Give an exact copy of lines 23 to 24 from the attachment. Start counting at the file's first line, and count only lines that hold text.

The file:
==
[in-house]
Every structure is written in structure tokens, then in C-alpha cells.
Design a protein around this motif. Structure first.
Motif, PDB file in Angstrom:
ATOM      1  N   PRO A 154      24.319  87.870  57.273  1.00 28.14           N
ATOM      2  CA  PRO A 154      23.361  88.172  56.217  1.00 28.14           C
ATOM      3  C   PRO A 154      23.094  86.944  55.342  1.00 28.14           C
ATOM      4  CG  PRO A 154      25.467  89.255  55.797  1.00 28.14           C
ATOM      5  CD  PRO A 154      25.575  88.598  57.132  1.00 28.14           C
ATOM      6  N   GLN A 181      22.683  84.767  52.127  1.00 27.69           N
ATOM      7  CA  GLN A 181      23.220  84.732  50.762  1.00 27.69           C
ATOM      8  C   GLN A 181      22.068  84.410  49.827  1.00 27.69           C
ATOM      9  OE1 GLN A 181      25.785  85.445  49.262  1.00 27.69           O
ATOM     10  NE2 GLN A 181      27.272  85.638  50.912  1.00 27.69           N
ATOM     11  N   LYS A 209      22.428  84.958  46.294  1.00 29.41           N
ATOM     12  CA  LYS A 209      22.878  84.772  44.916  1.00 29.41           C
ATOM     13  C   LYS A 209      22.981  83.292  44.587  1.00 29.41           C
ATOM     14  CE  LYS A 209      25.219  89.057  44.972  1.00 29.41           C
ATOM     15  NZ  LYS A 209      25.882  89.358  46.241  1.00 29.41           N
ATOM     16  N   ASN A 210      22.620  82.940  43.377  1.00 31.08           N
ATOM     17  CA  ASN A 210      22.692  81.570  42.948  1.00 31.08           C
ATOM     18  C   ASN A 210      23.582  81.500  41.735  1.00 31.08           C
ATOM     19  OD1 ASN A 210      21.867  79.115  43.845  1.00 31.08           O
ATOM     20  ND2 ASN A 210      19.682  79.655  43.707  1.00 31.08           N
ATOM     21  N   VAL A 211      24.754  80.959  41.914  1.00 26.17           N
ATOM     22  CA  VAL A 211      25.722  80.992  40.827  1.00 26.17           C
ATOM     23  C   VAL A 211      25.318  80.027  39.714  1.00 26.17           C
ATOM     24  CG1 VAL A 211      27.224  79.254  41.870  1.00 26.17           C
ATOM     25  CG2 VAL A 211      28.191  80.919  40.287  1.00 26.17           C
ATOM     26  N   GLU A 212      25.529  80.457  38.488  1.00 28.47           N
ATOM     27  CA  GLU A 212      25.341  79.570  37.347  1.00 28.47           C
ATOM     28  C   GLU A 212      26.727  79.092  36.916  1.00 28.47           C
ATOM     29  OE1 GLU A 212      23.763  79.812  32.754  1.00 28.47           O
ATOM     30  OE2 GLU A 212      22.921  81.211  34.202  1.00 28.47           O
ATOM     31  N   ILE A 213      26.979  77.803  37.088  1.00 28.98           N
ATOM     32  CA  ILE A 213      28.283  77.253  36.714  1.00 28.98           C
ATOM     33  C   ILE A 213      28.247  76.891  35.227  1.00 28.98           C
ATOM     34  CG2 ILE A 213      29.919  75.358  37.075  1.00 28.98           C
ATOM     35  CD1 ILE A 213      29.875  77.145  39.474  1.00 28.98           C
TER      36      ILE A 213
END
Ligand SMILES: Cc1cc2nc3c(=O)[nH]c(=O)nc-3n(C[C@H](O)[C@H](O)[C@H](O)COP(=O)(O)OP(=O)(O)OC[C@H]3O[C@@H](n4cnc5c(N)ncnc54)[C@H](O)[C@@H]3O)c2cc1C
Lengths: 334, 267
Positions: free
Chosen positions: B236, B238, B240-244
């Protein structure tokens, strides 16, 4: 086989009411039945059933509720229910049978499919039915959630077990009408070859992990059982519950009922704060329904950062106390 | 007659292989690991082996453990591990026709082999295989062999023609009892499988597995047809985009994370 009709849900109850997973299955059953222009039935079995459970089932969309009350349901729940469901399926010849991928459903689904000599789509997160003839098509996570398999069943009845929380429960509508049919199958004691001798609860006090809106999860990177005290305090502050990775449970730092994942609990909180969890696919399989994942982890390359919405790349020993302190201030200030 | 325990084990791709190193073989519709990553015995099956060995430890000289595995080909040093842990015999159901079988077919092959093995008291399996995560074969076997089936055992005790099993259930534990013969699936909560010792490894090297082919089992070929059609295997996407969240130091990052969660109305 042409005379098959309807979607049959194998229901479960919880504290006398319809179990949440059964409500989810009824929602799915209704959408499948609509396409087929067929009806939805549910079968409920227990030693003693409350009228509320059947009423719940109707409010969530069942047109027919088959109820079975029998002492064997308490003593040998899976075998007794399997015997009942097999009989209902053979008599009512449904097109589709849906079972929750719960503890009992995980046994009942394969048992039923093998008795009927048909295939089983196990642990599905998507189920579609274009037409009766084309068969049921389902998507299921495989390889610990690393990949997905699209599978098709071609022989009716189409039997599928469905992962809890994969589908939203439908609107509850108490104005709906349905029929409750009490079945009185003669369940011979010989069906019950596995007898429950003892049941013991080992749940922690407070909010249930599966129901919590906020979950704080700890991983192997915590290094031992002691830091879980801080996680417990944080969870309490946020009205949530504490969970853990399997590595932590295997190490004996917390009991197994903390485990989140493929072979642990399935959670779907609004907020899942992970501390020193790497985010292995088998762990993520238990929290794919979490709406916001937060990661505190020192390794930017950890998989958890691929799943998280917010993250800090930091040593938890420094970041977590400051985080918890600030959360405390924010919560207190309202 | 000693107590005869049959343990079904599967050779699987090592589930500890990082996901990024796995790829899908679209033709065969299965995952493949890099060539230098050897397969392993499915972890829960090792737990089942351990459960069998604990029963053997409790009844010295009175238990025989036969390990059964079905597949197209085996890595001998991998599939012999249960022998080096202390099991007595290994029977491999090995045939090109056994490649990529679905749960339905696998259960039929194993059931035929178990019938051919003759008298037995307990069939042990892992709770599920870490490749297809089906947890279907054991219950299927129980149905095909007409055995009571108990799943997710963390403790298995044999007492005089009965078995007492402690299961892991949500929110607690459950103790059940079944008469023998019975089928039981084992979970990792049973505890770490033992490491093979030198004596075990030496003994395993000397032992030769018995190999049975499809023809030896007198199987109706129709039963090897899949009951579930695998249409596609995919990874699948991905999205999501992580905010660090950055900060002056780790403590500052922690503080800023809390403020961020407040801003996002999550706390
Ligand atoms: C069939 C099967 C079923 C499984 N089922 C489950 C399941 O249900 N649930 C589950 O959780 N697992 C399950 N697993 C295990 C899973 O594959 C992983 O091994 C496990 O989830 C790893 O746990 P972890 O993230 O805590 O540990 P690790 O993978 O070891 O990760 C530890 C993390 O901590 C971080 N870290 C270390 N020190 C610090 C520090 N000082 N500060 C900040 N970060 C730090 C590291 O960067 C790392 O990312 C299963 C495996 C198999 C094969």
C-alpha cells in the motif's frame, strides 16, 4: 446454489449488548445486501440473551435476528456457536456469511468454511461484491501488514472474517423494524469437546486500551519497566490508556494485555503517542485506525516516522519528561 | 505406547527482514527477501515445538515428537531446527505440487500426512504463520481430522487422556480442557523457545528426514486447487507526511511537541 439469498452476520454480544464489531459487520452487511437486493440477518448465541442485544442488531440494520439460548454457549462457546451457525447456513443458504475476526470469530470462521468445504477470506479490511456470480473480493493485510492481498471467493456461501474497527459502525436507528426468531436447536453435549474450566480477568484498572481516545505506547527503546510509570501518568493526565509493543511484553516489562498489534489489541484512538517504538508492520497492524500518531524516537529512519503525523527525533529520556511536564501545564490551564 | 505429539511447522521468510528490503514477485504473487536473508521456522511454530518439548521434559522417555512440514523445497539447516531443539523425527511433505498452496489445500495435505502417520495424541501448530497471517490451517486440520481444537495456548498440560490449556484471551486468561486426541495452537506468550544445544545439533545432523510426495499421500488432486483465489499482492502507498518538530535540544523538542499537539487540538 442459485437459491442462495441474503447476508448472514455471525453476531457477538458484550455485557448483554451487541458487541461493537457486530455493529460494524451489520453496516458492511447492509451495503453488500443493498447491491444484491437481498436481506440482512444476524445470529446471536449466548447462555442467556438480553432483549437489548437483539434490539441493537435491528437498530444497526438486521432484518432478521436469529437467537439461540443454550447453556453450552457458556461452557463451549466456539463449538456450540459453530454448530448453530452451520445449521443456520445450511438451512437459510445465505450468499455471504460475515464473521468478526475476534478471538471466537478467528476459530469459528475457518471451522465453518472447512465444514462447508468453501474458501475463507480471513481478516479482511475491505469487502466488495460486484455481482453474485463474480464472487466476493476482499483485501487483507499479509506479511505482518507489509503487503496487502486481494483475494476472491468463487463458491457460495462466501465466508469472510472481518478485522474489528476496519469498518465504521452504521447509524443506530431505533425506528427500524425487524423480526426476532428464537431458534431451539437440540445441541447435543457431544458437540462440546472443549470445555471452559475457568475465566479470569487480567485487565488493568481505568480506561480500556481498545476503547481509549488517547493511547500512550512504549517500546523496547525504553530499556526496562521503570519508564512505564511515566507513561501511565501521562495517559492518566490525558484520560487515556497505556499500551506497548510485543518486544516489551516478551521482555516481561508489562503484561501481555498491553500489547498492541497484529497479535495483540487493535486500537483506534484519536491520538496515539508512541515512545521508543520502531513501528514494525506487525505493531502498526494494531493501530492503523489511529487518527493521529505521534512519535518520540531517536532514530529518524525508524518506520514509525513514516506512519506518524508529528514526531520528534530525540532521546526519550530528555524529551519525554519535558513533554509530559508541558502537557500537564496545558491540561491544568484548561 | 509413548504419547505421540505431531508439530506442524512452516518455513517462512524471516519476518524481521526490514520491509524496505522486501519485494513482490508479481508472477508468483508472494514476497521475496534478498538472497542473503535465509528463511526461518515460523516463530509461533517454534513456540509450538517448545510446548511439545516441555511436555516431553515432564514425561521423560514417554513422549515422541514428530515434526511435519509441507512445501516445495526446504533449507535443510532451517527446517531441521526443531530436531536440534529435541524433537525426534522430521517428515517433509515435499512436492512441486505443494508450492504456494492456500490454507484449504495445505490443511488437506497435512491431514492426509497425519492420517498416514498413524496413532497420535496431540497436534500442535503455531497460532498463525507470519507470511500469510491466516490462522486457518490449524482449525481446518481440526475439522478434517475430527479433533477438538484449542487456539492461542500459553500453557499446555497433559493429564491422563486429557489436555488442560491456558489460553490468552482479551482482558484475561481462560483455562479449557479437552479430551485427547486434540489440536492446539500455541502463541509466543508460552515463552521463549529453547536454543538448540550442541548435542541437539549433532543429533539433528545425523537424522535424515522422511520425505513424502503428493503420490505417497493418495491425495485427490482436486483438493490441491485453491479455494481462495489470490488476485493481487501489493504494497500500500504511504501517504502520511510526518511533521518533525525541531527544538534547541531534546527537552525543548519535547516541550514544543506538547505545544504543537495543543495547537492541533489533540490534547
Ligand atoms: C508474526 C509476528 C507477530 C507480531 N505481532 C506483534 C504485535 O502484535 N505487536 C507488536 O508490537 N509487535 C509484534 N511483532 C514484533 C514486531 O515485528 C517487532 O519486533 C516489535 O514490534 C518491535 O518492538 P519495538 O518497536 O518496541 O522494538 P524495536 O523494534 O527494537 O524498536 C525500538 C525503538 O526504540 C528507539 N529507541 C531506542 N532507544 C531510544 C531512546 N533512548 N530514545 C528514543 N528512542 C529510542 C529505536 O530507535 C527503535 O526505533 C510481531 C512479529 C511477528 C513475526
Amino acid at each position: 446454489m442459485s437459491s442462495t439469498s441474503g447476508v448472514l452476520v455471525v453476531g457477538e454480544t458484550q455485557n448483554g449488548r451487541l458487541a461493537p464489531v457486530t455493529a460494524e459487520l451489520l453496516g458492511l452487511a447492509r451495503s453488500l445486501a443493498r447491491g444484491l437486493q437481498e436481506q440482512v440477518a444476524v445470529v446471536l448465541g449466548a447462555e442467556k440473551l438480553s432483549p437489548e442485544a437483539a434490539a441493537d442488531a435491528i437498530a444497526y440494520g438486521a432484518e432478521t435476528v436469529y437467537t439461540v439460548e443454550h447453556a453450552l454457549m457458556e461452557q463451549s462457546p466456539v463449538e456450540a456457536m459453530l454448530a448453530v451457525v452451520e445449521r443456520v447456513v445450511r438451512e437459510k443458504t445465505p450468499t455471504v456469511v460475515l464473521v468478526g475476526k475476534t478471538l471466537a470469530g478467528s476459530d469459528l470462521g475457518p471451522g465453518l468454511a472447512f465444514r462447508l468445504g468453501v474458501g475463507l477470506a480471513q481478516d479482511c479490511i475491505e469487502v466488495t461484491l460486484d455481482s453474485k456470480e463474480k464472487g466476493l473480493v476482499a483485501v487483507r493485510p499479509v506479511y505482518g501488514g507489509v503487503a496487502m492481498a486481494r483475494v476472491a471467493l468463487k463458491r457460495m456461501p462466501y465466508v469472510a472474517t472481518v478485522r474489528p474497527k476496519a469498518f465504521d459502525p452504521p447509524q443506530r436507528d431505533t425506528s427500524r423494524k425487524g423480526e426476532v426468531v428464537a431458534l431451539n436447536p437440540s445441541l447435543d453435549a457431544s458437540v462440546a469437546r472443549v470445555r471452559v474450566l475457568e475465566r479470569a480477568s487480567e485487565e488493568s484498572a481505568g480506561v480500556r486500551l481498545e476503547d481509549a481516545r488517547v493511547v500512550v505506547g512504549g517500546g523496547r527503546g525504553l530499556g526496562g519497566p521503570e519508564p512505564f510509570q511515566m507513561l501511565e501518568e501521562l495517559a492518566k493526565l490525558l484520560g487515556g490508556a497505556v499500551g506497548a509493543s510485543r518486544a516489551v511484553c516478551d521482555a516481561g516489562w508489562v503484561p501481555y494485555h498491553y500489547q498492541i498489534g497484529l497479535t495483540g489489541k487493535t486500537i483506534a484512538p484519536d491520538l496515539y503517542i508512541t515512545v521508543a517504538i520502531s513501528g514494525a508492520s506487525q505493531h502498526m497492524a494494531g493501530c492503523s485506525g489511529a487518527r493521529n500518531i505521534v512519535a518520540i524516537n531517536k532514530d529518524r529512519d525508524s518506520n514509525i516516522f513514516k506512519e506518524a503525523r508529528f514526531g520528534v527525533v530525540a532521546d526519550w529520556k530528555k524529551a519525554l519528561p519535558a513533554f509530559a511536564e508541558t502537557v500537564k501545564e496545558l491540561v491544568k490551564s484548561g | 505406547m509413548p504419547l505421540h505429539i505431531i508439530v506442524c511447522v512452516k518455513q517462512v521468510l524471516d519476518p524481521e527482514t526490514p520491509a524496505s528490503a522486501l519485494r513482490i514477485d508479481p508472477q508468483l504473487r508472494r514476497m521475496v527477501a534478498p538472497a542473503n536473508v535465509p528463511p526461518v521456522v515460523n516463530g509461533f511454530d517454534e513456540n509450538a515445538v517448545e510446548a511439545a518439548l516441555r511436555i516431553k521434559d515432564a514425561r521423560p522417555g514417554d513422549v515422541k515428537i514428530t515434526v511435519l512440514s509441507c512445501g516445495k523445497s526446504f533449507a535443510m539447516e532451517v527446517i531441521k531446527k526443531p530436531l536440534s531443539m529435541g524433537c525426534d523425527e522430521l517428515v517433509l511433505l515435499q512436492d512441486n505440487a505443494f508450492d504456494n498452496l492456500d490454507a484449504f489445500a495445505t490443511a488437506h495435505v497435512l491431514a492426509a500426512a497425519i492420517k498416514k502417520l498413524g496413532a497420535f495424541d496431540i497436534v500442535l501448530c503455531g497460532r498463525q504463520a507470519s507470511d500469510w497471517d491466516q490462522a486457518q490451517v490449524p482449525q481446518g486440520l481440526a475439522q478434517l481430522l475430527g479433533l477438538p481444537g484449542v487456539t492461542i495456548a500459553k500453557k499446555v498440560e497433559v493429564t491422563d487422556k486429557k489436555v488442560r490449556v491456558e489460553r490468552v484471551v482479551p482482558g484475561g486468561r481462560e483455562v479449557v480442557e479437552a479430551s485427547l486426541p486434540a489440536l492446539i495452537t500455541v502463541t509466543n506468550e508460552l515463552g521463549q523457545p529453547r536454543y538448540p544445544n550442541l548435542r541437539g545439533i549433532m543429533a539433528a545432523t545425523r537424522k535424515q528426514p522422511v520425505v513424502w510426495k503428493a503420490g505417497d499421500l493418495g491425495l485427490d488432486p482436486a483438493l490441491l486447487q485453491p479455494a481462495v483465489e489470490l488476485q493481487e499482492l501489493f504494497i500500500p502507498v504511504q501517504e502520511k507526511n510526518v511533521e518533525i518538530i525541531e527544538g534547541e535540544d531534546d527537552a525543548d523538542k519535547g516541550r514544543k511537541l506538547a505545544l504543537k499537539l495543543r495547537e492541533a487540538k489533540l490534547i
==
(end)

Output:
ATOM     19  OD1 ASN A 210      21.867  79.115  43.845  1.00 31.08           O
ATOM     20  ND2 ASN A 210      19.682  79.655  43.707  1.00 31.08           N